As featured on p. 218 of "Bloggers on the Bus," under the name "a MyDD blogger."

Saturday, June 27, 2009

The Nexus Of Drug War Failure And War War Failure

In Afghanistan, we may be adding troops to an already chaotic situation with little chance of them being able to dislodge the Pashtun insurgency from their isolated villages, but we do seem to be trying some new things. A vow to curtail civilian airstrikes can't hurt if implemented effectively (although almost all the airstrikes that have yielded civilian casualties have been mistakes anyway, so how will this help?), and now this positive step:

The United States announced a new drug policy Saturday for opium-rich Afghanistan, saying it was phasing out funding for eradication efforts and using the money for drug interdiction and alternate crop programs instead.

The U.S. envoy for Afghanistan, Richard Holbrooke, told The Associated Press that eradication programs weren't working and were only driving farmers into the hands of the Taliban.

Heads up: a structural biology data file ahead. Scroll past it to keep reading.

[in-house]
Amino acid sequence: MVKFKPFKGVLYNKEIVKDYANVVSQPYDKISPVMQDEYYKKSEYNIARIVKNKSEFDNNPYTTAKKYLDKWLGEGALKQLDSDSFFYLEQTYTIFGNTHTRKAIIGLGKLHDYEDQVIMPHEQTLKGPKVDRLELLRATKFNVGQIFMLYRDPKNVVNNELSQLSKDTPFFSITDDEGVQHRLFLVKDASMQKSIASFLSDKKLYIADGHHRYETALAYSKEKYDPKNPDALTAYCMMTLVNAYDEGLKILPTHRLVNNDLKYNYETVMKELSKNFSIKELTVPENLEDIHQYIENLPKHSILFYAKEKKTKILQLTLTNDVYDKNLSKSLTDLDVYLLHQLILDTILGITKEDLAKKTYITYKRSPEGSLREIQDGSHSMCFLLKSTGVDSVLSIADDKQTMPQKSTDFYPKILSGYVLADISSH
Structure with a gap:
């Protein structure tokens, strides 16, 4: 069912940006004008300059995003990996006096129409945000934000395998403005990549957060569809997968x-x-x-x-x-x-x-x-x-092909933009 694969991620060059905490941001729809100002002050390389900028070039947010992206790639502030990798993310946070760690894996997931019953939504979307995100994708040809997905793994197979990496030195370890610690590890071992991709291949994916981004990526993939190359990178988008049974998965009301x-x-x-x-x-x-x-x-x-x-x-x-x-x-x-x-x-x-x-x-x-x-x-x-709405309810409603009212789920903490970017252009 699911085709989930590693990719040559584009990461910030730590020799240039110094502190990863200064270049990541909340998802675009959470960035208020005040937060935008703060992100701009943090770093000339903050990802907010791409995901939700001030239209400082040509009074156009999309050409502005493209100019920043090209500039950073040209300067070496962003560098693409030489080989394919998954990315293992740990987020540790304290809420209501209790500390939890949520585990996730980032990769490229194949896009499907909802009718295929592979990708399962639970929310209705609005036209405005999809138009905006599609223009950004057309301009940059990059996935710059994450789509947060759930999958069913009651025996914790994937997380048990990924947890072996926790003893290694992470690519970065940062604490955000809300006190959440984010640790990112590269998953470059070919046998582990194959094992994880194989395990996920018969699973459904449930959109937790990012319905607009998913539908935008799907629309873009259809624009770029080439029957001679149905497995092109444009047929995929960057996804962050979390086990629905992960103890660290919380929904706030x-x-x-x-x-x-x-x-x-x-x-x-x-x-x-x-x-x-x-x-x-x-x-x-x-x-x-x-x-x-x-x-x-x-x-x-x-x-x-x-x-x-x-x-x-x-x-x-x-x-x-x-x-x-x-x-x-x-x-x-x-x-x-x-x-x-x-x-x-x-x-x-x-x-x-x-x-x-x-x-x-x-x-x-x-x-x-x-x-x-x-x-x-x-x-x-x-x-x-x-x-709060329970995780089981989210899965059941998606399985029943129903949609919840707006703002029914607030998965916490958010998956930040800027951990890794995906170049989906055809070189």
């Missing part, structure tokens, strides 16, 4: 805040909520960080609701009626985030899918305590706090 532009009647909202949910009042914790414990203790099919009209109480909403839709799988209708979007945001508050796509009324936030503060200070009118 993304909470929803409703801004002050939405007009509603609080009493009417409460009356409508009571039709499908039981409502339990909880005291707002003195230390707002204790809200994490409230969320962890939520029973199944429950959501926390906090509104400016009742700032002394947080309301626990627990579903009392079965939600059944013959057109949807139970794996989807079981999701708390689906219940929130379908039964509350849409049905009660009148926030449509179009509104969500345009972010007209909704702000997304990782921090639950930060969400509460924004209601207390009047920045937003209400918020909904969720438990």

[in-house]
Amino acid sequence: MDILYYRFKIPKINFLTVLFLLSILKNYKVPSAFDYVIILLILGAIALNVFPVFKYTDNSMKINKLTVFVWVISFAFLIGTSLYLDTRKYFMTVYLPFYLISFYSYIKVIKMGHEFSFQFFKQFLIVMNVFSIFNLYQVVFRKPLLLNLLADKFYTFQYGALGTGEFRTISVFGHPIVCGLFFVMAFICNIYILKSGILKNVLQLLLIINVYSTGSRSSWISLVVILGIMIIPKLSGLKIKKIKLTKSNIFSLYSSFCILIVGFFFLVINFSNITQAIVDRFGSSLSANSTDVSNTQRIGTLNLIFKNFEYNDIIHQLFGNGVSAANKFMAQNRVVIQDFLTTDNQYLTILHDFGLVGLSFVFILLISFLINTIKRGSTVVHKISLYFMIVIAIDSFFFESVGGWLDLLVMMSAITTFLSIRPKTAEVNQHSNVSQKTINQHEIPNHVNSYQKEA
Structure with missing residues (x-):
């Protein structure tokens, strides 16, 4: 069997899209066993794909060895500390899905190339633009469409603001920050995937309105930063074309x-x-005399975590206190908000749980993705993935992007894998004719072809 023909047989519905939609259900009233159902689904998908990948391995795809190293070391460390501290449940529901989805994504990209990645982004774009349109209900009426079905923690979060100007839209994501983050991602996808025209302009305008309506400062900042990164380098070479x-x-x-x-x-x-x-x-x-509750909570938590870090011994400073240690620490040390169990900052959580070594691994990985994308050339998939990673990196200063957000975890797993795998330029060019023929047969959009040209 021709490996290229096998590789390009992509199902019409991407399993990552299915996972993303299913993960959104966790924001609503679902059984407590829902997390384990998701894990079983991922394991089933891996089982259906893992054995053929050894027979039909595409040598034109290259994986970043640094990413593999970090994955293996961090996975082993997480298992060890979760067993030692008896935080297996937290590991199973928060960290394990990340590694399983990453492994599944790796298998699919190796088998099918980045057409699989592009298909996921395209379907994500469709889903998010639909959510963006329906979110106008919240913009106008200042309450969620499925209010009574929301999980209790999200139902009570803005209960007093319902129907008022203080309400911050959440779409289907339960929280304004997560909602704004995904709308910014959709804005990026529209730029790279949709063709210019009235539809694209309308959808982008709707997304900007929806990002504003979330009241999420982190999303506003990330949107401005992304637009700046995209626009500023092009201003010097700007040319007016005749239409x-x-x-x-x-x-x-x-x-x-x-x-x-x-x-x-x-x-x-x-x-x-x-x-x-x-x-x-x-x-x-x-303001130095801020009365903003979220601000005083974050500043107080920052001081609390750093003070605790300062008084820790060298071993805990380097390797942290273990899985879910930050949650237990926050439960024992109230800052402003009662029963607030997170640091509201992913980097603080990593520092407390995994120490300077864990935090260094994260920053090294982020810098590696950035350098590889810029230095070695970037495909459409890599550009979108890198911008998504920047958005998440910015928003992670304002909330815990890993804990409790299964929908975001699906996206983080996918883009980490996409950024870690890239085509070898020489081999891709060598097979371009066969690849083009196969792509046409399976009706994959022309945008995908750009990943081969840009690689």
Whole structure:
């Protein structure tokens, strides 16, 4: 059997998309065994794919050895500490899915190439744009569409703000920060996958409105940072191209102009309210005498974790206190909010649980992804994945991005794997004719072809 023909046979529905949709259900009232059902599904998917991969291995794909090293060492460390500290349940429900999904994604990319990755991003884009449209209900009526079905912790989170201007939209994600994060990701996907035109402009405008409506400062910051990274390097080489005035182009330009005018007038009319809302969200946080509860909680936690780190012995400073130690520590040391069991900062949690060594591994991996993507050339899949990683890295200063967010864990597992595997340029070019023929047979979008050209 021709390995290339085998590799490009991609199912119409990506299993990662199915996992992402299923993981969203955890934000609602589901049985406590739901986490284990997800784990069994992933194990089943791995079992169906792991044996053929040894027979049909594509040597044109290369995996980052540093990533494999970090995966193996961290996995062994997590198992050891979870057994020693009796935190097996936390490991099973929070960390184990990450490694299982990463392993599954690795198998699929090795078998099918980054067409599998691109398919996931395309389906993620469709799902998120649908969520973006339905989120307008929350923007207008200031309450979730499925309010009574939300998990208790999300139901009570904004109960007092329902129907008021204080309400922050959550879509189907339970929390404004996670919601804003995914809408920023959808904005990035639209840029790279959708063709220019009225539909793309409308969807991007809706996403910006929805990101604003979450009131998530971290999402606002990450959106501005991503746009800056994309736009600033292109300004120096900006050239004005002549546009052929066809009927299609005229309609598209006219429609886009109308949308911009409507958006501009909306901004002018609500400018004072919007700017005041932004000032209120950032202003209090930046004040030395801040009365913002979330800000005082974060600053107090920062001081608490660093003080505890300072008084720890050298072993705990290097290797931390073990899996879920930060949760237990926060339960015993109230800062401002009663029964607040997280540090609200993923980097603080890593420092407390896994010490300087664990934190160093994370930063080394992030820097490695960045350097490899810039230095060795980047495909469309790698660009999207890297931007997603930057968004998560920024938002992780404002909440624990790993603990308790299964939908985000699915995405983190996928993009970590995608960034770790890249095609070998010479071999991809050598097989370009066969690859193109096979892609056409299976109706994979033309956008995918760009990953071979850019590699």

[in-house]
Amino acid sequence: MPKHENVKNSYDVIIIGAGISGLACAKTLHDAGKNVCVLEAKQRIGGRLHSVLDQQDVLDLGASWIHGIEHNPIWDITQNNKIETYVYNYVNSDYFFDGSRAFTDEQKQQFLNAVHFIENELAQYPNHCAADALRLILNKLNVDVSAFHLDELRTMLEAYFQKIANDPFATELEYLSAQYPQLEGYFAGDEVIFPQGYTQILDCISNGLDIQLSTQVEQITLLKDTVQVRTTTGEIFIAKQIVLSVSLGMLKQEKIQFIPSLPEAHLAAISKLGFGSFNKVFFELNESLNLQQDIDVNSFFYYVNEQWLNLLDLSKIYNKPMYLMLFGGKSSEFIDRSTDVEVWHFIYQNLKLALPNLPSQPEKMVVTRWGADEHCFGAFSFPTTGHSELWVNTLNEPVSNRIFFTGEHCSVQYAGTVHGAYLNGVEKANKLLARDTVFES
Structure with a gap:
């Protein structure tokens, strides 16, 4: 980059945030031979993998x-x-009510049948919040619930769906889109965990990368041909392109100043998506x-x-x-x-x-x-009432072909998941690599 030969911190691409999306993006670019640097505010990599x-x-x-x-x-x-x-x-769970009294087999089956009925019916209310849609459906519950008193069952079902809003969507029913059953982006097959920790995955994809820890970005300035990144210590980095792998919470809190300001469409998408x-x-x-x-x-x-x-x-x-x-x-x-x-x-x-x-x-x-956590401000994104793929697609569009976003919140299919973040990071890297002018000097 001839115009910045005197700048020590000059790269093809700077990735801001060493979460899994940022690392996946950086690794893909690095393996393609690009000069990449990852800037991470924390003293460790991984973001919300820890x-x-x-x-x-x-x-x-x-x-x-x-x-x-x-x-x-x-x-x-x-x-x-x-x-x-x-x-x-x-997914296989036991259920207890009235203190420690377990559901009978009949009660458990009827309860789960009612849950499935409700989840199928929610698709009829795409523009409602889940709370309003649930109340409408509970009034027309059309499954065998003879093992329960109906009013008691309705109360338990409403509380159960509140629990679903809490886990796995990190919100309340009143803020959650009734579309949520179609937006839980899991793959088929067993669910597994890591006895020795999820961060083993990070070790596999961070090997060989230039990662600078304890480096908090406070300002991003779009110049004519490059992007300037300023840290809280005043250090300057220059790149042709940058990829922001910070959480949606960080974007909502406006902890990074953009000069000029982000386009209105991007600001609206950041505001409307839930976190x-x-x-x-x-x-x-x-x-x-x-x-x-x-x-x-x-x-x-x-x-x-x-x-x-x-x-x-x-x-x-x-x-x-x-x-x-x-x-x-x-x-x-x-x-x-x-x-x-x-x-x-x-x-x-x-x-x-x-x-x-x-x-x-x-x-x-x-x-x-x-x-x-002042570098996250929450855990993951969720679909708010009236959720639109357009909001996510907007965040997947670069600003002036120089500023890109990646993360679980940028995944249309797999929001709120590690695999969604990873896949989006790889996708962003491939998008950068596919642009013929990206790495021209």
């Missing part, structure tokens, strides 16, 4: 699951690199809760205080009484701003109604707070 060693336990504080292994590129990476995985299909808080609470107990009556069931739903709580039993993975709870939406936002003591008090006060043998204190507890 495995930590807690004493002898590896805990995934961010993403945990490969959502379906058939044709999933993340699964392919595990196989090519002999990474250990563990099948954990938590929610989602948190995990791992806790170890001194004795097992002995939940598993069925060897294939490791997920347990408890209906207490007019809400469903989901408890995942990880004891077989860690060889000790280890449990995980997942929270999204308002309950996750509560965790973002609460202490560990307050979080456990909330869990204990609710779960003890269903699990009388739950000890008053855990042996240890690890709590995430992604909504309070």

"Eradication is a waste of money," Holbrooke said on the sidelines of a Group of Eight foreign ministers' meeting on Afghanistan, where he said it had been warmly received, particularly by the United Nations [...]

In a report released earlier this week, the U.N. drug office said opium cultivation had dropped by 19 percent last year, but was still concentrated in three southern provinces where the Taliban insurgency is strongest.

Holbrooke said the previous U.S. policy, which focused on eradication programs, hadn't reduced "by one dollar" the amount of money the Taliban earned off opium cultivation and production.

"It might destroy some acreage," Holbrooke said. "But it just helped the Taliban."

Exactly. It increased their share of the market, and didn't cut into their profits at all. I don't know that interdiction works all that well either, but the focus on alternate crops is interesting. If we can give the subsistence farmers in Afghanistan another way to survive, we can at least develop the country in such a way that doesn't fatten the wallets of the insurgency. In the end, we can extricate ourselves from Afghanistan faster using pomegranates than using guns and bombs.

I still question the troop increase, but this is a smart move. the way, can we admit now that eradication doesn't work in Latin America, either, and stop that as well?

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